Ultimate Battle Arena (iOS) Review
Miranda L Visser / Jul 2nd, 2013 No Comments
Sometimes you just need to remind your friends how superior you are at gaming then them. When that time comes and you don’t have a console at hand, this is the game to do it with. Ultimate Battle Arena is one of the newest offerings in the iOS App Store, developed by Marek Unucka to be his first title published on Apple’s distribution platform. A simple but fun time waster, this game allows for a variety of mini-games to be played solo or with friends without the necessity of each having their own device.
Across every mode the game revolves around using a control stick in a corner of the screen to control the movement of a small, circular tank with a button on either side of the joystick used to perform an action whether it’s firing the cannon mounted on top of the vehicle, deploying an offensive tower, or using a collected item. The presence of an action button on either side of the joystick does make the game ambidextrous, a nice touch to help even the odds in those bloody competitions.
The 14 game modes accessible from the main menu include everything from basic Deathmatch, an all out gunfight between you and your friends, to a clever reinvention of the classic mobile game Snake; From Zombie killing to a top down arcade-esque arena Race. However many are almost identical with small tweaks such as the items available to pick up and whether players reset upon death thus losing any power-ups they’ve collected and their position in the arena.
With more than twenty items and powerups with various effects, memorizing can be a bit too much of a chore for the group just wanting to jump right into the action and instead you’ll likely just end up snatching whatever you can from out of the path of your opponents. This can lead to some amusing surprises and a fair amount of confusion making for a fun bout. The local multiplayer, the only multiplayer offering, is characterized by what gamers make of it, attested by experience playing with multiple people.
The similarity between each of the game modes allows for a more level learning curve when becoming acquainted with the characteristics of the controls, but it also sets it apart from party games that are more varied between mini-games. That said, almost every mini-game is customizable in that players can change the time limit, lives or victories to win, but other characteristics such as the location of the control sticks and player colors are fixed in place.
With four controls, one in each corner, the game allows four people to sit in a circle and play together; four friends who you don’t mind being really close to. However, as the controls are locked to the corners of the screen and cannot be relocated to other positions playing can sometimes be tricky as the device must be held at an angle.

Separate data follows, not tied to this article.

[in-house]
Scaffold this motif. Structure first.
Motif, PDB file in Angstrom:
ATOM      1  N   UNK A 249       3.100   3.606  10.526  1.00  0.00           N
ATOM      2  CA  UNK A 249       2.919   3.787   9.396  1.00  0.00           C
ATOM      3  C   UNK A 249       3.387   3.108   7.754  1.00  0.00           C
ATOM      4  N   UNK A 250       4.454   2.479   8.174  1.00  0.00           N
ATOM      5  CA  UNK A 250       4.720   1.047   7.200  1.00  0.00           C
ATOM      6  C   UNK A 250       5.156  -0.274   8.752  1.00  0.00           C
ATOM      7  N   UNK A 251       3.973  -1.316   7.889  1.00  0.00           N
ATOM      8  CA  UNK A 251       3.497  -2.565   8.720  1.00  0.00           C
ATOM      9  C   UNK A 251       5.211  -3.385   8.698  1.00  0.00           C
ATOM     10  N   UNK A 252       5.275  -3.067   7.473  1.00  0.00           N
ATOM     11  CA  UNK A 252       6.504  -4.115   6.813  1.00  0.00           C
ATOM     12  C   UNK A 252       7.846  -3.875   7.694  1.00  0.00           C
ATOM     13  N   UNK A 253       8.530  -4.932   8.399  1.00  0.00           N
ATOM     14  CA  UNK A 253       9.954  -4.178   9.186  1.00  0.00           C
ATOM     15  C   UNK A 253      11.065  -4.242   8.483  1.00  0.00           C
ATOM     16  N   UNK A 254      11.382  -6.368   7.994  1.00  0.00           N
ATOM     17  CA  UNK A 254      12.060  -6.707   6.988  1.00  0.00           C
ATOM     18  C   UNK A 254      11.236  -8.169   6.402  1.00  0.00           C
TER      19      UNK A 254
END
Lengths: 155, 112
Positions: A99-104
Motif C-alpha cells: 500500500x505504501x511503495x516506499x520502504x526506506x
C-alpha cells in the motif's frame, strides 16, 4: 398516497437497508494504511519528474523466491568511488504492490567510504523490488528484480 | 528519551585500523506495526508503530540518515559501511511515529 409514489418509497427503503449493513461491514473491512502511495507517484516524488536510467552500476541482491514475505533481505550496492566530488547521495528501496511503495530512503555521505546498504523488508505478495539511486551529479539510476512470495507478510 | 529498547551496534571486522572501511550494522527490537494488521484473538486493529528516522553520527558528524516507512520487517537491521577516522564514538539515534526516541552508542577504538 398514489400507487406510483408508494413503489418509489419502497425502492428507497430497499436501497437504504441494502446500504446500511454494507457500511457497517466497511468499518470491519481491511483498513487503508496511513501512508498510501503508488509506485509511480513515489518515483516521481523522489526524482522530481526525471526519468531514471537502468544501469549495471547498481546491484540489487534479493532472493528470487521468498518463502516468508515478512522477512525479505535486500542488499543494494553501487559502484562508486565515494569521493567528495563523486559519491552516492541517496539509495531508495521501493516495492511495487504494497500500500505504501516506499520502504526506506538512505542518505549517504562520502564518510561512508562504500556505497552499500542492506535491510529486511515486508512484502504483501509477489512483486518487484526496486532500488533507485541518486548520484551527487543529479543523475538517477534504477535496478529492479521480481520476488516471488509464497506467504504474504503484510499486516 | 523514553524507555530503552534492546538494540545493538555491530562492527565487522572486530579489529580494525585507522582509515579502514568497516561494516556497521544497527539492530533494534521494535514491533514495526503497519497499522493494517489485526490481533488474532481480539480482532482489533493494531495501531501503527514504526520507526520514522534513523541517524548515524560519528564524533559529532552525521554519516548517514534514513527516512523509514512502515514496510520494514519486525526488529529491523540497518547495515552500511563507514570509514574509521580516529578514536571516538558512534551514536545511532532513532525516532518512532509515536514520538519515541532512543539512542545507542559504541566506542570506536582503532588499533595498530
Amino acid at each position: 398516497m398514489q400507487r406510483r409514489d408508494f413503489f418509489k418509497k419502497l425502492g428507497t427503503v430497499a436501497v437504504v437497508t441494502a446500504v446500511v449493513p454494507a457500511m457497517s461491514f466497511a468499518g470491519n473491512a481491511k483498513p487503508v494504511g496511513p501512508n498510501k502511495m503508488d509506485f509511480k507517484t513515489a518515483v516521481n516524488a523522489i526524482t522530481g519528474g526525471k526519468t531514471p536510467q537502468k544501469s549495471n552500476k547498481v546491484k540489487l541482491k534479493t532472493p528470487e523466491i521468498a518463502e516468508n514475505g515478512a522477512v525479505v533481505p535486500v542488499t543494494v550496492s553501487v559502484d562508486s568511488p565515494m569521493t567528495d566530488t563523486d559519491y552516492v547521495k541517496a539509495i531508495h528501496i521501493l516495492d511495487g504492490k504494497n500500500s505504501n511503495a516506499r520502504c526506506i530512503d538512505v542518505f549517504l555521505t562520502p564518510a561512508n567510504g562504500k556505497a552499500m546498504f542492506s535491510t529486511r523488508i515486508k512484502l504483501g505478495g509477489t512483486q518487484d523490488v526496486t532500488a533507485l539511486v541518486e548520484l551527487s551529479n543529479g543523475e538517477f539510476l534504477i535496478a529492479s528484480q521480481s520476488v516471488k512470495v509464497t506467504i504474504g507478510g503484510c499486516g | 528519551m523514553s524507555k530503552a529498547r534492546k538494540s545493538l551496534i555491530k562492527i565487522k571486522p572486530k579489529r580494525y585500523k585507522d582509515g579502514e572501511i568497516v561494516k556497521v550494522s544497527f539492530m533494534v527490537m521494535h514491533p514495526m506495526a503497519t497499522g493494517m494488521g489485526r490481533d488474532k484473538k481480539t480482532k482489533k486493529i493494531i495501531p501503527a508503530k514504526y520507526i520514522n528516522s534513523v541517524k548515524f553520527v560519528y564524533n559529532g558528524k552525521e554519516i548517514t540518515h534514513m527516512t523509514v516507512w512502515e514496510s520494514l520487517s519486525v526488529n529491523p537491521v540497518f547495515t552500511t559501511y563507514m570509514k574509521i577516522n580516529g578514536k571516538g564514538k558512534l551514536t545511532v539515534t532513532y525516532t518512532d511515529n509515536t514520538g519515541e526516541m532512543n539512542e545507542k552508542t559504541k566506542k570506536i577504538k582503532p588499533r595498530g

Docile non-gamer friends who you hold at knifepoint to play to escape the shame of spending money on an app you can’t play alone will make for a boring time; friends with whom you make your mission to compete over every little detail will have you beating the screen in fury at your loss and wondering how such a simple game could be so fun.
Most of the game modes require more than one person and the few that are limited to single play lack the competitive value of the other modes as the game lacks any expressed in-game rewards. For a culture that thrives on virtually meaningless achievements, this title’s lack thereof may leave something to be desired. However, doubtlessly, the lone achievement hunters are not Unucka’s target audience. Your spontaneous assembly of family or friends likely won’t feel the absence of this feature.
There is no online support, period, and the absence is felt. This move is surprising considering how streamlined Game Center integration is with other Apps. The little “f” in the top corner of the menu gives the impression that it might feature score sharing on Facebook… but nope! That just leads to the game’s Facebook page.
While not technically a bad game, Ultimate Battle Arena is the type of game you download to play at a party one time, you play a few games that night, and then you feel guilty about spending money on a game you never play again. During a storm or on an airplane when there’s no internet access, it’s great to play with your neighbor but that’s the only time it’s going to come to mind.
With a $1.99 price point, it’s a bit steep for its limitations, and not nearly as satisfying for the solo player as other games in its price range. However, with a good group of friends this game is something a little different than the typical party Charades or Duck Duck Goose which gives it the potential to be a hit.
A Lite version of the game which limits the amount of players and some customization options is also offered in the App Store to try before you buy.
tags: apple , ios , review